Part of the job of being sheriff is to be the voice for the county and the people, and that is exactly what Calhoun County Sheriff Bobbie Vickery accomplished Sept. 24.
Sheriff Vickery and about 185 sheriffs from all over the United States landed in Washington D.C., Sept. 24, for a Sheriff’s Immigration and Border Crisis Conference.
“It was to try and tell congress, look, quit fighting with each other and help us fix this issue,” as to the main reason for attending the conference, Vickery said.
Tuesday evening was a social event, where Vickery and other sheriffs networked and visited.
The next day, the sheriff attended a Badges and Angels Rally press conference on the lawn of the capitol.
According to Vickery, “Angels” or “Angel Moms” are moms, dads and/or family members that have lost family members at the hands of an illegal immigrant.
“There were a bunch of Angel Moms there. Their group is very large, unfortunately,” Vickery said. “These families were from all over the country and not just from bordering states, as far as Massachusetts.”
Vickery explained that the border crisis doesn’t just affect states that border Mexico, but the entire United States. He gave an example of a sheriff from Massachusetts that is a big advocate of better border security.
“He (Sheriff from Massachusetts) said they have as much of a problem or more than we have down here because they infiltrate the northern states to get away from the border. That is why sheriffs from all over the country were at the conference,” Vickery said.
Vickery said congressmen, senators and Homeland Security department heads were speaking to congress on behalf of the sheriffs and Angel Moms.
He then got into the things he and his deputies and fellow law enforcement officers encounter daily while out on the streets. Whether it is from illegal immigrants, criminals, press or citizens, he said they are getting heat from all sides.
“So many people try to play it off as an act of racism. The reality is that people from Mexico coming over are the extreme minority. There are people coming over from 46 other countries. People from 46 countries coming over, and how many are coming over with the intent to harm?” Vickery questioned.
Vickery strongly stated that he is pro-immigration, but that the United States has laws and the right to vet everyone that comes in. He said that immigration is how most of “us” are even here in the United States.
“We need to vet them to make sure they aren’t coming over to do harm,” Vickery said.
He then gave an analogy to people he encounters that say the United States shouldn’t punish the 99 percent of illegal immigrants because one percent is coming to do harm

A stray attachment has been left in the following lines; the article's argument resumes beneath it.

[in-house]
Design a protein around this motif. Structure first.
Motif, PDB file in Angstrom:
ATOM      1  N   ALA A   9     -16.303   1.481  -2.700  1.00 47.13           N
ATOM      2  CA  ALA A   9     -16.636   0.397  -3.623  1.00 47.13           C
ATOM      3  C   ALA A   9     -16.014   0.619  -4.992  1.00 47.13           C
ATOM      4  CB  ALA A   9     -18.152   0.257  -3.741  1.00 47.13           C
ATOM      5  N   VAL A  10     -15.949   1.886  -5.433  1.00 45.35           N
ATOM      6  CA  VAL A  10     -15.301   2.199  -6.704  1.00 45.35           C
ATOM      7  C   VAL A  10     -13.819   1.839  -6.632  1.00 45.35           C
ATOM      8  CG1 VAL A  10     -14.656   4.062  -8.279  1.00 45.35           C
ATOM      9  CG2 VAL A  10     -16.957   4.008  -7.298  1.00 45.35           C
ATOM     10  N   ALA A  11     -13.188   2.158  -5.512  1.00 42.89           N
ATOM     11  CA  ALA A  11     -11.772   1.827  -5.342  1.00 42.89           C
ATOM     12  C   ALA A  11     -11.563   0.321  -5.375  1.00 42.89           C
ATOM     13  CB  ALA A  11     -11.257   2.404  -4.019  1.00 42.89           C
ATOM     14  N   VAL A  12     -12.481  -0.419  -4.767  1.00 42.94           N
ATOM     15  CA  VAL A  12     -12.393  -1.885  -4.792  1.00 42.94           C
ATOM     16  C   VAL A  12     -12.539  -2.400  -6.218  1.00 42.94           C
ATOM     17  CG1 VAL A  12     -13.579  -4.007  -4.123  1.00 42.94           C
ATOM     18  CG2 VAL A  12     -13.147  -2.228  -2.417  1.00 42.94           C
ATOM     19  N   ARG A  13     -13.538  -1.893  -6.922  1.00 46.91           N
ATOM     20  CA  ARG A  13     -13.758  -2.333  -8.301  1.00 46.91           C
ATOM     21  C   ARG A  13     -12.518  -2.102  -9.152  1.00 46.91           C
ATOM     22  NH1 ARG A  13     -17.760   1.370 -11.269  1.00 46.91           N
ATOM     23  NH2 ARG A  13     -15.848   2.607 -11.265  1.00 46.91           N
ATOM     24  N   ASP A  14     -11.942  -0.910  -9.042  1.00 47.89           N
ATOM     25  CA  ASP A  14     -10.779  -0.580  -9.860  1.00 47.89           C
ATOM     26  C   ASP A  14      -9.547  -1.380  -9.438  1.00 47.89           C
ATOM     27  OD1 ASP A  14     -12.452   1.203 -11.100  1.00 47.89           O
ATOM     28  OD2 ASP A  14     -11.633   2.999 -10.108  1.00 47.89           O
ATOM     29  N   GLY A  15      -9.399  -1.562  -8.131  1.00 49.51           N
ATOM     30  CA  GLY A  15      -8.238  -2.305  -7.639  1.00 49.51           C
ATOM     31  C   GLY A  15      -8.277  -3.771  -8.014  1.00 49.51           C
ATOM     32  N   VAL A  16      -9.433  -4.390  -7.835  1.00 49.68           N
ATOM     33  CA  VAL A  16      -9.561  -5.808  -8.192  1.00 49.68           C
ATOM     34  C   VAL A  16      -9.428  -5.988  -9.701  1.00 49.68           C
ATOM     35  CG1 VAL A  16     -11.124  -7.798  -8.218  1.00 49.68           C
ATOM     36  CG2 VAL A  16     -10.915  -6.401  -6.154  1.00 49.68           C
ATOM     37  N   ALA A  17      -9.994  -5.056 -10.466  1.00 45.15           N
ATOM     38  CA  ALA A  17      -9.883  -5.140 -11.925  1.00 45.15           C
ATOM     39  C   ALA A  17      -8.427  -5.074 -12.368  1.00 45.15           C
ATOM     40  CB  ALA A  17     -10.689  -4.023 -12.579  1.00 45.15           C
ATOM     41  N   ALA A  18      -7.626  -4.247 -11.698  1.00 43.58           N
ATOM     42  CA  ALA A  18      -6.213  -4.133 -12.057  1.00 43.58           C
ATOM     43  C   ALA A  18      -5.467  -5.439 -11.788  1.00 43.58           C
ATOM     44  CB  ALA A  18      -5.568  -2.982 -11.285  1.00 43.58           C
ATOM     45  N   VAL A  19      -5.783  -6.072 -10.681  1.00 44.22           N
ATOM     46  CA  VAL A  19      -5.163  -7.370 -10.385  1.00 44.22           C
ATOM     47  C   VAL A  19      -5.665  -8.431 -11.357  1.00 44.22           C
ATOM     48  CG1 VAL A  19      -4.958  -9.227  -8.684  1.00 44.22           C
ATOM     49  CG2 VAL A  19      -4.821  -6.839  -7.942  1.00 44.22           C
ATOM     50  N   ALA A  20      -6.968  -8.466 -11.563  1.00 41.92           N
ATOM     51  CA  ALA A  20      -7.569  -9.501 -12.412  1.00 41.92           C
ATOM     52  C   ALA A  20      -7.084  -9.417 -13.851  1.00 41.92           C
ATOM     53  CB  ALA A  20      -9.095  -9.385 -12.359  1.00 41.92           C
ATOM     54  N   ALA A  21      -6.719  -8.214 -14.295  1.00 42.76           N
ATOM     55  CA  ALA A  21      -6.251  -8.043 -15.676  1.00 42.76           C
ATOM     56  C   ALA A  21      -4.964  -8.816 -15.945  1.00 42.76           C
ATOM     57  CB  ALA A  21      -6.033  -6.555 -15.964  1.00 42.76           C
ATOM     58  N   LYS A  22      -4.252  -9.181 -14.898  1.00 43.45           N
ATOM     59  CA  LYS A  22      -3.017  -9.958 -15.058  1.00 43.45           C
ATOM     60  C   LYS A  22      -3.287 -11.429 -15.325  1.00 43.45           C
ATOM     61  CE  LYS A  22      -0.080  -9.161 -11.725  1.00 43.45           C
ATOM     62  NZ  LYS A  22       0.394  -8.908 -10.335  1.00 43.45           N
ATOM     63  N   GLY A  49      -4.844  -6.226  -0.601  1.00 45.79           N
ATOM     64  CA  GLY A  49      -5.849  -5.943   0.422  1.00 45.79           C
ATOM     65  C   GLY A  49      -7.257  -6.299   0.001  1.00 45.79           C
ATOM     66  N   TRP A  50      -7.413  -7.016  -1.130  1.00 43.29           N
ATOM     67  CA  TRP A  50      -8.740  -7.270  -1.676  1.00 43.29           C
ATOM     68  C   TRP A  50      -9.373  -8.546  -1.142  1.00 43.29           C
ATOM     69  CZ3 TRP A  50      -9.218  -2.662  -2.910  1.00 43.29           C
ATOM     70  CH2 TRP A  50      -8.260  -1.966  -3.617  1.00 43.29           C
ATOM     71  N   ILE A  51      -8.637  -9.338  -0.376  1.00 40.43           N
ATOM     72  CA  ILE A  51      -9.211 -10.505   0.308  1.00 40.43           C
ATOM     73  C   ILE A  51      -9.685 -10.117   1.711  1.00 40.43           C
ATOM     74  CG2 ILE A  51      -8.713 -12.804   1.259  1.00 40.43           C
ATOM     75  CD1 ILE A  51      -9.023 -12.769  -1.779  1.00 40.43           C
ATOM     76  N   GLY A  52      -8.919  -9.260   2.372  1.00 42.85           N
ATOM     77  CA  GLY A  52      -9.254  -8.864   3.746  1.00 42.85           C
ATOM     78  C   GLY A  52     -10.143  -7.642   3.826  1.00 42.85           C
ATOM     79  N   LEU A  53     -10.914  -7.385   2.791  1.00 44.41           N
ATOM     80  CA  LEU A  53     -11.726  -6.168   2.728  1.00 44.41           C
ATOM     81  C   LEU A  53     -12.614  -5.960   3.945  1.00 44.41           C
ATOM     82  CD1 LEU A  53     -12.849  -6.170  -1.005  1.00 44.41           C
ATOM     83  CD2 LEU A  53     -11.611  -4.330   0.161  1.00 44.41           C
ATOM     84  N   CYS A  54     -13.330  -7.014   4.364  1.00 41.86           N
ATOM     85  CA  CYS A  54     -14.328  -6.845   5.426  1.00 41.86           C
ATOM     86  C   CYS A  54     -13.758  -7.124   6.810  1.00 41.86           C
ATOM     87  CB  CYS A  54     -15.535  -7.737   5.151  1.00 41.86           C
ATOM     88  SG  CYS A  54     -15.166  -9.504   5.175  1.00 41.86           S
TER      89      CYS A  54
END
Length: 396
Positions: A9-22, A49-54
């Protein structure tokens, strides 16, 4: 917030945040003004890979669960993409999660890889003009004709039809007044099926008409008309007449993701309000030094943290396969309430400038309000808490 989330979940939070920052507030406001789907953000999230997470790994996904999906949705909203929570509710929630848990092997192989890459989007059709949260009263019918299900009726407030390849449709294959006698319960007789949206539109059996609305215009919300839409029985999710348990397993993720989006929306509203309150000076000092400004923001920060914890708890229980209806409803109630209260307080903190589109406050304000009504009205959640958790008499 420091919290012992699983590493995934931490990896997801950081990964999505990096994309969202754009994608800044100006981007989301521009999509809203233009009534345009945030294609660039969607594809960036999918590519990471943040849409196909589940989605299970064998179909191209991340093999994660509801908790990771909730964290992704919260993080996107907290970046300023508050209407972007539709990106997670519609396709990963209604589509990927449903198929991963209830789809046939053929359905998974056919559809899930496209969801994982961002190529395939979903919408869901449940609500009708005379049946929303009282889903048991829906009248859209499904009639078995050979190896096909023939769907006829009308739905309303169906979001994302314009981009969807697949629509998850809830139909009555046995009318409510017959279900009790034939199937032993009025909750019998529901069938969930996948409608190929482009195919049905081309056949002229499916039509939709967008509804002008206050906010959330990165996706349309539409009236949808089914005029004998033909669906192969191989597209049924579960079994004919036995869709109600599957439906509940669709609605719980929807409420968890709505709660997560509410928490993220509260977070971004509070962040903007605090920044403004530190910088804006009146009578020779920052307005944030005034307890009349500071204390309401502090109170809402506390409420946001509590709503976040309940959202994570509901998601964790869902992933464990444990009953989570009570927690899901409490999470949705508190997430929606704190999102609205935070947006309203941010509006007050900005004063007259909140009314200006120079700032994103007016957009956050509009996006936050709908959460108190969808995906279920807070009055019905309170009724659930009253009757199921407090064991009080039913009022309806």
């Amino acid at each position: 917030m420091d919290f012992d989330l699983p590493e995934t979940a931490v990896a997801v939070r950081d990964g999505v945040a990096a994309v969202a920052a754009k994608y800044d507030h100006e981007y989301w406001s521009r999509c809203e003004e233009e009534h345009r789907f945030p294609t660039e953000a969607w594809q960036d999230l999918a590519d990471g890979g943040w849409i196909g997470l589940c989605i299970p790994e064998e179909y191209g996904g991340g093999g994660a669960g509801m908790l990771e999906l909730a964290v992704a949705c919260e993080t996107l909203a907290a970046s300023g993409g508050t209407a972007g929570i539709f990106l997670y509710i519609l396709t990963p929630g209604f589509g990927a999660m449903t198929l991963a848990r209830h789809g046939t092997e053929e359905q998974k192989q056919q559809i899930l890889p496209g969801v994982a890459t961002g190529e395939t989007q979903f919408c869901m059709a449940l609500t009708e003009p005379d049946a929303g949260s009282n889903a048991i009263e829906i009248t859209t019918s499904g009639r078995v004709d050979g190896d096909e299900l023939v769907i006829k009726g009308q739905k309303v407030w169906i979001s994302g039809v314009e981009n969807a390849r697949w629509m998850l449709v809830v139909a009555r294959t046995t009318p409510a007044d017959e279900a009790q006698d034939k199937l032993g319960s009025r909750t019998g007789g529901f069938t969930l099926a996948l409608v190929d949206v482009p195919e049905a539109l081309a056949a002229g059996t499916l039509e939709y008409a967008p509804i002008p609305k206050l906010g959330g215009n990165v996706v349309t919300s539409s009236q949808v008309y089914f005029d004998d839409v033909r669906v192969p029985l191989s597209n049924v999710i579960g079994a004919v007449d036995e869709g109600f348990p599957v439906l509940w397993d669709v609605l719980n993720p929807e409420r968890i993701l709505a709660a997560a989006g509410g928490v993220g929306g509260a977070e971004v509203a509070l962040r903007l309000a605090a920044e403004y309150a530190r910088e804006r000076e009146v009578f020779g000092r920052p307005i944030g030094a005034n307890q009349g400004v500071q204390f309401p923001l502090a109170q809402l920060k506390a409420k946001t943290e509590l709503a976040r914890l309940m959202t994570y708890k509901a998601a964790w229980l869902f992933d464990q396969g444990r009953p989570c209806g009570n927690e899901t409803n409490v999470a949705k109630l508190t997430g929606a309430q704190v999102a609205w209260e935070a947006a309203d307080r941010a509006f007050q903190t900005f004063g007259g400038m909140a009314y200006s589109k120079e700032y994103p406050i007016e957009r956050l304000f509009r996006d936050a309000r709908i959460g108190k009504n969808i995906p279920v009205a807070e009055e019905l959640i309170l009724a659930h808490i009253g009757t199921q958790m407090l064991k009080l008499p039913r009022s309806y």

“Here is my analogy for that. What would you do if I told you I am going to put a bowl on your table for your whole family. There are 100 grapes in there. I am going to pick out one grape and inject it with poison. Then I am going to put it back into the bowl with the others and mix it all up.
Then I will set it back on your table and say you have to eat every grape in that bowl. Who is going to eat those grapes?” Vickery asked.
His answer, “Nobody.” It is no different he said.
One of the things that bothers Vickery and his partner sheriffs in the Gulf Coast Region is that it is a main corridor for illegal immigrants.
“Calhoun County has 525 miles of coastline. We also have direct links to the Gulf of Mexico, including the Intercoastal Waterways,” Vickery said.
“I don’t know what the number is, but we have cocaine and marijuana bundles wash up all the time, so if you know they are bringing in drugs, they are bringing illegals in.”
The sheriff said that Calhoun County has a direct problem with illegal immigration, as law enforcement deals with cartel and gang issues that, according to him, stems directly from illegal immigrants.
“People are so blind, saying there is not an issue, or that it is manufactured. Spend a day down there, and you will find out right quick that it is not manufactured,” Vickery said.
Vickery did say that there are people in Washington D.C that are standing and willing to help with the issue. At the conference, he said they had a large question and answer session with a group of different department heads.
“They basically said, ‘This is where we are at now, this is where we are trying to go, what questions do you have for us, tell us your problems, what direction you would like to see us go’,” Vickery said.
“Essentially, we are boots on the ground, and they are sitting behind a desk, Vickery said. “They are doing the best they can, but without the boots on the ground, they don’t have a real direction.”